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Yes, Linux Does Bad In Low RAM / Memory Pressure Situations On The Desktop

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  • Yes, Linux Does Bad In Low RAM / Memory Pressure Situations On The Desktop

    Phoronix: Yes, Linux Does Bad In Low RAM / Memory Pressure Situations On The Desktop

    It's been a gripe for many running Linux on low RAM systems especially is that when the Linux desktop is under memory pressure the performance can be quite brutal with the system barely being responsive. The discussion over that behavior has been reignited this week...

    http://www.phoronix.com/scan.php?pag...es-Bad-Low-RAM

  • #2
    it will likely be months before there is an effective upstream solution
    That's optimistic. Anyway, what's a few more months? It's been like this for as long as I remember.

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    • #3
      I think that's not how the system should behave in this situation.
      It's exactly how I'd expect it to behave.

      A system with the memory all used up and no swap space available runs like shit...you don't say...

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      • #4
        Okay, I'll bite. What should happen when you have no more memory and no swap file and an application asks for more memory? Isn't it up to the application to handle memory unavailability gracefully?

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        • #5
          This seems to be similar to my experience with Kubuntu on a flash drive.
          Very slow, lots of stalls, almost unusable.
          But of course, the case is the opposite, lots of free memory (90 -95%), but KDE Plasma can't or doesn't want to use it.

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          • #6
            imho the problem here is that some of this behaviour is mirrored by GPU drivers, where memory is short

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            • #7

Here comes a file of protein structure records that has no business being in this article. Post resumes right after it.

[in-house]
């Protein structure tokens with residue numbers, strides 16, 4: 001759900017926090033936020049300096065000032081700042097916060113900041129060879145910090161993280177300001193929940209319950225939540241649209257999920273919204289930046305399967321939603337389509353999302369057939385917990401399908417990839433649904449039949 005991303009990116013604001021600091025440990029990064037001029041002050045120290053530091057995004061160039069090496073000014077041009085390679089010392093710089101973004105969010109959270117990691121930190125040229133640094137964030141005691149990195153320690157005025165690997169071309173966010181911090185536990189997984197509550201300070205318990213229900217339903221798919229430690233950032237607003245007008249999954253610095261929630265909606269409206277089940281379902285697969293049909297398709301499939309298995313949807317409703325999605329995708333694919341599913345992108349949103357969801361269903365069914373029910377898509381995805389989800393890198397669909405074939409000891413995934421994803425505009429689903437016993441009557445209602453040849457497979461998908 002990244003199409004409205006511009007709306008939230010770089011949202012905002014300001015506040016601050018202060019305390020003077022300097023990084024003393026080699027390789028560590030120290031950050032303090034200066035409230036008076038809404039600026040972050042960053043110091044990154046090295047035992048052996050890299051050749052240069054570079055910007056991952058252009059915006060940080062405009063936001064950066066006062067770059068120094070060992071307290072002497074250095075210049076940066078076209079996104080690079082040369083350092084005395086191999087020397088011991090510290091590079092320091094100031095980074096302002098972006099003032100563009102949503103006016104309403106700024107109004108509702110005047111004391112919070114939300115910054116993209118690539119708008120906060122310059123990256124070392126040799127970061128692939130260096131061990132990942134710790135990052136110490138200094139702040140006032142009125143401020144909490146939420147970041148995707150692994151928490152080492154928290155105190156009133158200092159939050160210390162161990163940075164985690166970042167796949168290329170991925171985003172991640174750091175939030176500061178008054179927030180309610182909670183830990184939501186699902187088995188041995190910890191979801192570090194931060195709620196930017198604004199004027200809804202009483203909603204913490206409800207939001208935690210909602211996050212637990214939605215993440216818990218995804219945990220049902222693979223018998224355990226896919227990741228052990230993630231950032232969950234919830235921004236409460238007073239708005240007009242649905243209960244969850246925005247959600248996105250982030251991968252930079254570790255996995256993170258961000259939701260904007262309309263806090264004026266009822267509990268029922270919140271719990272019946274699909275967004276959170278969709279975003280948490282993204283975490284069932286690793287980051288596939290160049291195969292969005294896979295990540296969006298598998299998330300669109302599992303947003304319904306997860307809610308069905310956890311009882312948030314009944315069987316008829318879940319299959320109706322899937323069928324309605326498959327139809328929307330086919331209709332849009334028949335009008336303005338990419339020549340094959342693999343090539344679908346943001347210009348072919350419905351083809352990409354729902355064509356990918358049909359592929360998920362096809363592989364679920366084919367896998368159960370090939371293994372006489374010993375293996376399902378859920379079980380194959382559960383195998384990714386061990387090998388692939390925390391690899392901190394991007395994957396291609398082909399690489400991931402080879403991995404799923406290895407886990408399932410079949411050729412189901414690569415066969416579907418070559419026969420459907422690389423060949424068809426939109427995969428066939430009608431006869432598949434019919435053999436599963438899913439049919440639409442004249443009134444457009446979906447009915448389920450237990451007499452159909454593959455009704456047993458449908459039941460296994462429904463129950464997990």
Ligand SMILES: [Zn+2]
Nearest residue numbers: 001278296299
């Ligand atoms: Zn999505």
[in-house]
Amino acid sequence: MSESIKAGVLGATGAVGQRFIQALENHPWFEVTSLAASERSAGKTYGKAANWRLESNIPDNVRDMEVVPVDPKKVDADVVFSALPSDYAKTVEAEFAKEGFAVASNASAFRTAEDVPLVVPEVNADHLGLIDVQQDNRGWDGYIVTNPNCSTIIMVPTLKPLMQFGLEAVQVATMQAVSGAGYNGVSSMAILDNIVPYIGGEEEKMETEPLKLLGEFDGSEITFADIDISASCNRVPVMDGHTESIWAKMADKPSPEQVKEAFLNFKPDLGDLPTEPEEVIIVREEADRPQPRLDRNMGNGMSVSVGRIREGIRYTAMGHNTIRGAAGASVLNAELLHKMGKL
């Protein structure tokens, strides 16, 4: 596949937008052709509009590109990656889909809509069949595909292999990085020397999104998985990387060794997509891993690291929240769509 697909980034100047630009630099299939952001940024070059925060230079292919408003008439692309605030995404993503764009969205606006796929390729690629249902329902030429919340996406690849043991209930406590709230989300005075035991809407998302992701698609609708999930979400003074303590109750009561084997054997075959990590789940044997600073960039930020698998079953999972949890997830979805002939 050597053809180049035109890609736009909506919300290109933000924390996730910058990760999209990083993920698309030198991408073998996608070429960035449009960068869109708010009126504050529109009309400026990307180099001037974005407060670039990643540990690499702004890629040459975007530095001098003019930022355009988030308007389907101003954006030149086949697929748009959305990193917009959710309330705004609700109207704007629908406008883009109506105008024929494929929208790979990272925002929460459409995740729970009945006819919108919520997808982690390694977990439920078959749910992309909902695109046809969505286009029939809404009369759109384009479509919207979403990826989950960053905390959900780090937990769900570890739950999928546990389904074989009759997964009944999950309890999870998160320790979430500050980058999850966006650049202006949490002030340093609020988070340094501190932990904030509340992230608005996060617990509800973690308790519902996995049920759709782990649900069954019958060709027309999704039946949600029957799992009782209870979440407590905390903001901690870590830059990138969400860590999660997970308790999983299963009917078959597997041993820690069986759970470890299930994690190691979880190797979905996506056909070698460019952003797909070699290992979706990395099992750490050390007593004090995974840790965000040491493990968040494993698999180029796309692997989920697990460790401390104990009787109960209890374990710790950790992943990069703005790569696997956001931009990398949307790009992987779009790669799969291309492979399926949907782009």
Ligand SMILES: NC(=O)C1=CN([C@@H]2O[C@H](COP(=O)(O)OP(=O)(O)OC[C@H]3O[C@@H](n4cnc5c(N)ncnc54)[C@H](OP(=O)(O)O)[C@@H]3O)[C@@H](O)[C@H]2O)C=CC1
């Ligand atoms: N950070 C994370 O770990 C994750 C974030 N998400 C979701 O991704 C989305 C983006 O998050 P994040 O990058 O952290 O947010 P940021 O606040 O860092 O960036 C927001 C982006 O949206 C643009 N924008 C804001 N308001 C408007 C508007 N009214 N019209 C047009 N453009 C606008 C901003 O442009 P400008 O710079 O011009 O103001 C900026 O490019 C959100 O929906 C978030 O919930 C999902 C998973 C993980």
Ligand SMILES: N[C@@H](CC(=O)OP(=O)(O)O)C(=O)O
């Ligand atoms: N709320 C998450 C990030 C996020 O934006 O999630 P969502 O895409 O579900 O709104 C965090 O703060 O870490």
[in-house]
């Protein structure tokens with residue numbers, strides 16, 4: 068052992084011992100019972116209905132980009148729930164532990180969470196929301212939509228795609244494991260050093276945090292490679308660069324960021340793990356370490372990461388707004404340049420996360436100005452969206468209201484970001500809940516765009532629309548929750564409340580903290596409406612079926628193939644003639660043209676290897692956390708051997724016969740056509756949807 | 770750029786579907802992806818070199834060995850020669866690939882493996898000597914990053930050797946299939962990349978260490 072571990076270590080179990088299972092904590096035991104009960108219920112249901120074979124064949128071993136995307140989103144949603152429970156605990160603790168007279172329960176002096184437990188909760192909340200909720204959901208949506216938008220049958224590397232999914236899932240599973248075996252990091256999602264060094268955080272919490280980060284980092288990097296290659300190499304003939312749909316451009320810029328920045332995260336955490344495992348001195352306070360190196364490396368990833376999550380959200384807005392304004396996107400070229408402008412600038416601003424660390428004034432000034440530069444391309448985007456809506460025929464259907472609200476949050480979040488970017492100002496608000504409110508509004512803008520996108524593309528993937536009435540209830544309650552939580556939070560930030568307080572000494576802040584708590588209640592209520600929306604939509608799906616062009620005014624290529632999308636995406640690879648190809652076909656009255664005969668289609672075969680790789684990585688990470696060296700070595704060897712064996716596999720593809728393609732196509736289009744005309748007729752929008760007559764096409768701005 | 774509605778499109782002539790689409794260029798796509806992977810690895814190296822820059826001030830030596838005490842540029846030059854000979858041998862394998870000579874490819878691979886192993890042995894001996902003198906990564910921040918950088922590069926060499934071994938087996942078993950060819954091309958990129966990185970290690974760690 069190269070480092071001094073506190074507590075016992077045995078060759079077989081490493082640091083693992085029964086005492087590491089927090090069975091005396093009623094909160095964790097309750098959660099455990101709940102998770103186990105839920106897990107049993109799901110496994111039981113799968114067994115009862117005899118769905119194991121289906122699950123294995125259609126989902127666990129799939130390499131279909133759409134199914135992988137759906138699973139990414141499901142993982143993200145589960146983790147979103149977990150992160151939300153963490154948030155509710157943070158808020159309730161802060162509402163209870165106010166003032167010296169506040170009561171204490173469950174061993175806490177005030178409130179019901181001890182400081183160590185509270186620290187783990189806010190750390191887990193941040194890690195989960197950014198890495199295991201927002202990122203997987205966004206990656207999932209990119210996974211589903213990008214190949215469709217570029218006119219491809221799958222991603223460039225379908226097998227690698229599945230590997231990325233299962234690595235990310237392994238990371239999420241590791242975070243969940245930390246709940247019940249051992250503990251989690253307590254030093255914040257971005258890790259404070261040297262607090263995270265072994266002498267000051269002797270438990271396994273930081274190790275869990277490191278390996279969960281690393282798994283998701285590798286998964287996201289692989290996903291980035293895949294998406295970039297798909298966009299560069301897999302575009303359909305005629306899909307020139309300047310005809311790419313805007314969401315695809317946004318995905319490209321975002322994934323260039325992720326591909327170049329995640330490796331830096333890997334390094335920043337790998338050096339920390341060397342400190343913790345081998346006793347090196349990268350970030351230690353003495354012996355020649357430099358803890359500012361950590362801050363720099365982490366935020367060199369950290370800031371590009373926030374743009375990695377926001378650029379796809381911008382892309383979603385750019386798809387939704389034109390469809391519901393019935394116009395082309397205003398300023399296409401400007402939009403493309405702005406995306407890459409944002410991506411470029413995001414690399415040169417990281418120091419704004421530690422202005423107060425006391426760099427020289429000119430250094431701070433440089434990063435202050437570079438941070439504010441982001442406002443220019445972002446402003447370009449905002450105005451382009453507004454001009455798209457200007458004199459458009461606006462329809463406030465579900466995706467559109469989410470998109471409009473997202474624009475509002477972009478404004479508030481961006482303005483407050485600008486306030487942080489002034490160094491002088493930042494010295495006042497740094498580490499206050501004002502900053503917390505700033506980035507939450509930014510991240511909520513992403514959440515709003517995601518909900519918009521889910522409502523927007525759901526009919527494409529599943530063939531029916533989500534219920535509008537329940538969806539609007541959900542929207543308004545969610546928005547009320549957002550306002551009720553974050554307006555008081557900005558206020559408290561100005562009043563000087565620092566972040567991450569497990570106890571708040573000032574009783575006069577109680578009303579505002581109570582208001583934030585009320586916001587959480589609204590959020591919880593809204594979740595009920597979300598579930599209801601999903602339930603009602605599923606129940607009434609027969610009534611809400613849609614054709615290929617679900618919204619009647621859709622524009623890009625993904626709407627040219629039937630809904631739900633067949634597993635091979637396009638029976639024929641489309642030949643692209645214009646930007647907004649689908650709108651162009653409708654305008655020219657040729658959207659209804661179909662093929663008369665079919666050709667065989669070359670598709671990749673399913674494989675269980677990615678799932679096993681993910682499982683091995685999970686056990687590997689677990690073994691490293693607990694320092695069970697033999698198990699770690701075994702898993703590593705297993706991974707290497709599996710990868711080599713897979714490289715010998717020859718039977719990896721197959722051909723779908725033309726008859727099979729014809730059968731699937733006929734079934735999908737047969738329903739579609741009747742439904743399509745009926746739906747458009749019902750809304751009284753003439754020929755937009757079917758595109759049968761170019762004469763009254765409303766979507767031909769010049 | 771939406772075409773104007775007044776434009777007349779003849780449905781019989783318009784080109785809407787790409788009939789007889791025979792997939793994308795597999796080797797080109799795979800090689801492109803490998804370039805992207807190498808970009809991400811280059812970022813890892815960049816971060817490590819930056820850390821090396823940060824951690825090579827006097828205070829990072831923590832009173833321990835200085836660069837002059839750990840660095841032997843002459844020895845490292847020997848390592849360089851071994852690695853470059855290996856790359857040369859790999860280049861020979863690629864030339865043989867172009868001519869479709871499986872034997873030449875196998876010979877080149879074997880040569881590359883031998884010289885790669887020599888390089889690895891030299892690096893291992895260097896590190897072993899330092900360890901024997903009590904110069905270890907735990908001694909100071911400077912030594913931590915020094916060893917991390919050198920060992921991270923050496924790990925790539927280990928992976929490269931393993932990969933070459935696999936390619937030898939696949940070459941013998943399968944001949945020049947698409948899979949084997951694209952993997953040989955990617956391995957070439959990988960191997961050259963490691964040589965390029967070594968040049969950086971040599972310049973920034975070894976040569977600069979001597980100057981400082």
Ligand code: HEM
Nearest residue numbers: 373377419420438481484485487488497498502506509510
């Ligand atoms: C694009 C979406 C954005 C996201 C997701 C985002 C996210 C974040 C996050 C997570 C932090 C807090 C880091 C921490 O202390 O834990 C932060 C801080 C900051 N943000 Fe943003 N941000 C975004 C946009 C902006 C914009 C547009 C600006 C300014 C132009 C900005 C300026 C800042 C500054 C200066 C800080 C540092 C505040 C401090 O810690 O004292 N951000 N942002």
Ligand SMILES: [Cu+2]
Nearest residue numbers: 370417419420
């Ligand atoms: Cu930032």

Never but never disable swap. Without a swap, as you can clearly see the system is not faster. It is much, much slower.
              1. Always but always use a swap file in zRAM.
              echo 2G > /sys/block/zram0/disksize && mkswap --label zram0 /dev/zram0 && swapon --priority 100 /dev/zram0

              2. If you made this mistake and turned off swap, run resource-consuming programs with a memory limit.
              systemd-run --user -p MemoryLimit=3G google-chrome

              3. You can always press the emergency key combination alt-sysrq-f
              An open tab in chrome will end with "Aw Snap!"

              Linux works on billions of different devices, there is no one right solution how to behave in such extreme conditions, satisfying everyone.
              Last edited by latalante; 08-06-2019, 02:52 PM.

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              • #8
                As some of the developers mentioned, pressure stall information will likely be the best way forward. Facebook and android are using it for exactly this problem, and I think it only makes sense that mainline adopt it for OOM-detection heuristics as well.

                It's a bit silly that this problem has been ignored for so long, but at least now we have a solid way of detecting this in mainline.

                Other readings on psi:
                https://lwn.net/Articles/759781/
                https://linuxplumbersconf.org/event/..._detection.pdf

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                • #9
                  The interesting part is that they are looking in to ways to dump more memory - ie things that shouldn't be prio over actual apps.

                  However, Linux is nicer than solaris and most (if not all) BSD:s in this case - they will all crash =)

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                  • #10
                    Originally posted by skeevy420 View Post
                    It's exactly how I'd expect it to behave.

                    A system with the memory all used up and no swap space available runs [cut profanity]
                    This is interpreting serious unsolved operating system deficiencies as positive features of the operating system.

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